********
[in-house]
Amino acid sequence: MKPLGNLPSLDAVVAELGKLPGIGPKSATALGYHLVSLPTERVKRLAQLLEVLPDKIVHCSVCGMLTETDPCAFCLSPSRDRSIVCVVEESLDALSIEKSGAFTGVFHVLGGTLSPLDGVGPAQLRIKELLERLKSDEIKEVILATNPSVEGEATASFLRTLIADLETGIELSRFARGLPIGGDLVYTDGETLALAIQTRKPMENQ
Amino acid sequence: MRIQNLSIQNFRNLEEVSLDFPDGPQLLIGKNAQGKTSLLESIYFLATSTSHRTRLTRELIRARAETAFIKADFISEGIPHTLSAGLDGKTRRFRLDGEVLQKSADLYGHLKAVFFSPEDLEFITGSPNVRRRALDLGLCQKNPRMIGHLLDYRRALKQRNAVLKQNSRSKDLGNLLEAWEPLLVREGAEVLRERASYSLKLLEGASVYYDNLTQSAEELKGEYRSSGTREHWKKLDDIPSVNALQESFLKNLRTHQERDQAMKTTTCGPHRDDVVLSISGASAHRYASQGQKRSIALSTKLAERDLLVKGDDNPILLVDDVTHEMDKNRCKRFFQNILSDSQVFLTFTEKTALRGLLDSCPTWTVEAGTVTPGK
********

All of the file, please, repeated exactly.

[in-house]
Amino acid sequence: MKPLGNLPSLDAVVAELGKLPGIGPKSATALGYHLVSLPTERVKRLAQLLEVLPDKIVHCSVCGMLTETDPCAFCLSPSRDRSIVCVVEESLDALSIEKSGAFTGVFHVLGGTLSPLDGVGPAQLRIKELLERLKSDEIKEVILATNPSVEGEATASFLRTLIADLETGIELSRFARGLPIGGDLVYTDGETLALAIQTRKPMENQ
Amino acid sequence: MRIQNLSIQNFRNLEEVSLDFPDGPQLLIGKNAQGKTSLLESIYFLATSTSHRTRLTRELIRARAETAFIKADFISEGIPHTLSAGLDGKTRRFRLDGEVLQKSADLYGHLKAVFFSPEDLEFITGSPNVRRRALDLGLCQKNPRMIGHLLDYRRALKQRNAVLKQNSRSKDLGNLLEAWEPLLVREGAEVLRERASYSLKLLEGASVYYDNLTQSAEELKGEYRSSGTREHWKKLDDIPSVNALQESFLKNLRTHQERDQAMKTTTCGPHRDDVVLSISGASAHRYASQGQKRSIALSTKLAERDLLVKGDDNPILLVDDVTHEMDKNRCKRFFQNILSDSQVFLTFTEKTALRGLLDSCPTWTVEAGTVTPGK